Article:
I’m fully aware that this is the definition of a first-world problem, but there are simply not enough hours in the day lately. Between Set Me Free, Stone No More (an adaptation of the Winter’s Tale and the Masque of Oberon), and my MA dissertation, I’m swamped. Add to that the extra-curricular Wars of the Roses project for RSC Open Stages, prepping for my summer job in America, trying to sort out my student visa for next year, and maintaining my job as a private tutor, and things get a little bit insane. Is it back-breaking physical labor in the scorching heat of some god-forsaken desert? Nope. Do I have some kind of terrible disease that I have to physically fight every day? Negative. Have I ever experience true, soul-crushing hardship? Definitely not.

If I’m being brutally honest with myself, I love every second of my life lately. I’m doing work I love, with amazing people, in an amazing place. And I get to go back to America to work in an amazing place with more amazing people in a few weeks. Then I get to come back to Exeter and continue doing amazing work with amazing people at one of the best drama departments in the UK. Some days, though, I get unfairly negative about it all, and that’s when my dad steps in to help.

When we were kids, if we complained about something not worth complaining about, my dad used to say, ‘I’m sorry, but did you walk to Syria today?’ See, the twelve-year-old version of great-grandfather, after seeing his family home blown to bits and his parents annihilated, had to escape from Lebanon with his baby brother. So they walked to Syria.

Besides proving that the blood of rock-solid survivors who make tough decisions and get shit done runs thick in my veins, my dad’s old question never fails to help me put things in perspective. At the end of the day, if I can honestly say, “No, I did not walk to Syria today,” then I’m probably doing okay.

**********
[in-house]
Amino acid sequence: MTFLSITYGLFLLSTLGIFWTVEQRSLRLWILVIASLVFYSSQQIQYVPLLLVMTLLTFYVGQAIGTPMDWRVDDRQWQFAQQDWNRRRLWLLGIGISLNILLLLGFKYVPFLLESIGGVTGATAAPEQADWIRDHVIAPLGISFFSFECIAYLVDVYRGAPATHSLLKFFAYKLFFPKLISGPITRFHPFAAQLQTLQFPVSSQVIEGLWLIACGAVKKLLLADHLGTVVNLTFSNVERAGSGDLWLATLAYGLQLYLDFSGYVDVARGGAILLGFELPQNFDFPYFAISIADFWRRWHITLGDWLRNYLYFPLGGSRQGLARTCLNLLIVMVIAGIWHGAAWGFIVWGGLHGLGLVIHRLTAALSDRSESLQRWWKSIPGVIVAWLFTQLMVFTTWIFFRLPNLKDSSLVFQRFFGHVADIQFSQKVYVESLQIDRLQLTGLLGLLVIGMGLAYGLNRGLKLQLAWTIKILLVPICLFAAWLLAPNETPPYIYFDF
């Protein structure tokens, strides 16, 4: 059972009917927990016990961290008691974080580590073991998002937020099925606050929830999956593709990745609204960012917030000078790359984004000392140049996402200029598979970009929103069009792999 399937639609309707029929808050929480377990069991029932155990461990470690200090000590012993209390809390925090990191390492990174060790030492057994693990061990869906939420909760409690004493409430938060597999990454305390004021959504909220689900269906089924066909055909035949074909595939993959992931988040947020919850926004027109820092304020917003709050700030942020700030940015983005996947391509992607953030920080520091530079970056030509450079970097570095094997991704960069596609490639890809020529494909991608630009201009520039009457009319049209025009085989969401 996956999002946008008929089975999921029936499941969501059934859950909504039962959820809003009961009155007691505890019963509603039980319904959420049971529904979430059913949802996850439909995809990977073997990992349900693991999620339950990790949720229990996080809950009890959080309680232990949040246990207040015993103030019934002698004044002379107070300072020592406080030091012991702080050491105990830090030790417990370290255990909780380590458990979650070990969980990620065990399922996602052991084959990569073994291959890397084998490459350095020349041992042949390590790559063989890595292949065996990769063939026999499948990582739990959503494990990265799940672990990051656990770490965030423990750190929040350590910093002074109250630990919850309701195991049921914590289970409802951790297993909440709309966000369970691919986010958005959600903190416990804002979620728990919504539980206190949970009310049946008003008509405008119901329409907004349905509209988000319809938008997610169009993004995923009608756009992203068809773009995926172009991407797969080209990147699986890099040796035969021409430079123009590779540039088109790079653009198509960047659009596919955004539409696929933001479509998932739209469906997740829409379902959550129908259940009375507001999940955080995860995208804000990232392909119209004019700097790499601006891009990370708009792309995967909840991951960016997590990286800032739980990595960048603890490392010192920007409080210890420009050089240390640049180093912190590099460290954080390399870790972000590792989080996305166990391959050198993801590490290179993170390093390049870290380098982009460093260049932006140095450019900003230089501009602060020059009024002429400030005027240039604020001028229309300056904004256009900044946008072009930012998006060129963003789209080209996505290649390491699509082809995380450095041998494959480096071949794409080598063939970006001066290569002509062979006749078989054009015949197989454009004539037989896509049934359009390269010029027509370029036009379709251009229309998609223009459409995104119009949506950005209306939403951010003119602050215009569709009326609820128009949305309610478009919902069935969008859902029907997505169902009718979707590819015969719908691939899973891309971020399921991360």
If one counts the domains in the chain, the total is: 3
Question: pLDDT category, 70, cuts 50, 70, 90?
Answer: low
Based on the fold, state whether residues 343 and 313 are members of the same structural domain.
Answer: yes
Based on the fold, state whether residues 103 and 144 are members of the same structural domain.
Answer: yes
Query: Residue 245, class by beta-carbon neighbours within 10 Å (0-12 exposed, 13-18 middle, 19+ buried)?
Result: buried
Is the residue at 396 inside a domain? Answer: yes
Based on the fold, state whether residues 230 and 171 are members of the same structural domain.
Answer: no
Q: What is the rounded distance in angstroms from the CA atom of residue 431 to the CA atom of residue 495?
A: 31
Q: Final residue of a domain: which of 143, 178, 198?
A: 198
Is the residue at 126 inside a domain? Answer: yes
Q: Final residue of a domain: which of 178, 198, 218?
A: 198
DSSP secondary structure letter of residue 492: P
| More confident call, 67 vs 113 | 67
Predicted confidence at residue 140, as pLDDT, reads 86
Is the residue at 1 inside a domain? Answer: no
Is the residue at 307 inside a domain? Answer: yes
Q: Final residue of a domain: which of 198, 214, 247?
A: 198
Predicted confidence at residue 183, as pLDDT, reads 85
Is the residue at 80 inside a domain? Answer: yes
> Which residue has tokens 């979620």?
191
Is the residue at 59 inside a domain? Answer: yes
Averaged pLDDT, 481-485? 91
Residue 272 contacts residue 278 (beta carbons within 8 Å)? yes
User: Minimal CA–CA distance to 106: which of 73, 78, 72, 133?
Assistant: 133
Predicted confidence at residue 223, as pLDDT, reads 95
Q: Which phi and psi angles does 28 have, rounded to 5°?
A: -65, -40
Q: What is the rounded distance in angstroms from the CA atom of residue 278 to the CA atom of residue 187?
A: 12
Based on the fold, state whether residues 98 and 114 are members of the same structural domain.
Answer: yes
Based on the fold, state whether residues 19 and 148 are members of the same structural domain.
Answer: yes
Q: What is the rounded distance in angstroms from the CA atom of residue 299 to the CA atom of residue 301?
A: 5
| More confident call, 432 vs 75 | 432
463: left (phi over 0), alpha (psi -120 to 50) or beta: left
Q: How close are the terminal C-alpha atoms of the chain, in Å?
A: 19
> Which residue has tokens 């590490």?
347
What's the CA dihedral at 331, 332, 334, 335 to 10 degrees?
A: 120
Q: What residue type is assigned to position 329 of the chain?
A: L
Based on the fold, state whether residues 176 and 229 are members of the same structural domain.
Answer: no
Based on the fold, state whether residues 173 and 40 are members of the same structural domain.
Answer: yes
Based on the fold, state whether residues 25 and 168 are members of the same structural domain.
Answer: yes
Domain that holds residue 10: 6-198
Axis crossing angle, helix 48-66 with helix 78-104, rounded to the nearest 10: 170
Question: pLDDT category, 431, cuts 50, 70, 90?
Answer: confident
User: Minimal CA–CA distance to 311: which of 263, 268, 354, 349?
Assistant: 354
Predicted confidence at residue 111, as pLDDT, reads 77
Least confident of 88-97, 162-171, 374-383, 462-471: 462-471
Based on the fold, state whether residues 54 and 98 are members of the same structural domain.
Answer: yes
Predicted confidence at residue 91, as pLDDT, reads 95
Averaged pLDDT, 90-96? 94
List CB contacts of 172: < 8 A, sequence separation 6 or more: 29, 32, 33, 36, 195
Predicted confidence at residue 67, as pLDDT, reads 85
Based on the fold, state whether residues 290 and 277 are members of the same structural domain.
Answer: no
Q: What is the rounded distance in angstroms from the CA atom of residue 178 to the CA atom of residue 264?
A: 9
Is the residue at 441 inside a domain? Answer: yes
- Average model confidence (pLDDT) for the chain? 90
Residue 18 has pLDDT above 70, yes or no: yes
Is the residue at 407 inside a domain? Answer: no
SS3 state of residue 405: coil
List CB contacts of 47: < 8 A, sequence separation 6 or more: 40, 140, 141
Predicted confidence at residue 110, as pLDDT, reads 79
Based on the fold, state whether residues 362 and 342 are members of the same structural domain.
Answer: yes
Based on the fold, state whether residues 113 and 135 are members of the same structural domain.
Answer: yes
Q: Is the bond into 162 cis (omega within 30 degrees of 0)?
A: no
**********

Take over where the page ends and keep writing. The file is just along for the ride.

My great-grandfather walked to Syria with his baby brother. I’ll definitely survive my MA.

Thanks, Dad.

Ars artis gratia?

Here’s a daydream I’ve been developing for some time: every artist in the world takes a month off.

Imagine: if everyone who is either self-defined or societally defined as an “artist” stopped working for 30 days–and also pulled the usage rights to any of their previously existing work for the same amount of time. This would include people who have ‘day jobs’ and are artists on their own time. This would include actors, dancers, musicians, photographers, painters, graphic designers, poets, novelists…the list goes on endlessly. Anyone who considers himself an artist or is considered by her peers to be an artist would be included in the global strike. If that happened, I don’t think anyone would ever again argue that art is not important ever again.

There are several reasons why this would never actually work (and why I don’t support actually doing it!!). Chiefest in my mind is the fact that we’d have an awful lot of insane or suicidal artists at the end of the 30 days in which they vowed to make no art and to allow no consumption of art. I know I’d be ready to jump off of something by the end of the first week!

But what would be great about it (besides a temporary lack of terrible pop music…) would be the awareness it would bring of just how much art and artists permeate our day-to-day lives.

It’s just a fantasy…but gosh darn, wouldn’t it be nice?

“I am not a slut…

…though I thank the god(des)s I am foul.” ~As You Like It

I’m not a hardcore feminist by any means, but I still don’t think it’s okay to call someone a slut, especially when you don’t know her personally and especially when you’re being broadcast for an awful lot of people to hear. I would apply this stance to other derogatory terms (for both sexes). I would further apply this stance to anyone, anywhere, no matter what his or her politics. That’s a long way of saying that there was certainly a better way for Mr. Limbaugh to voice his objections–but he is by no means the only one who uses this kind of language.

Just to dispel a few myths I’ve seen floating around FB:

*The Pill is NOT available over the counter (at least not in the US, Canada, or the UK!). The Plan B or ‘morning after’ pill IS, but this is explicitly not meant to be used on a regular basis.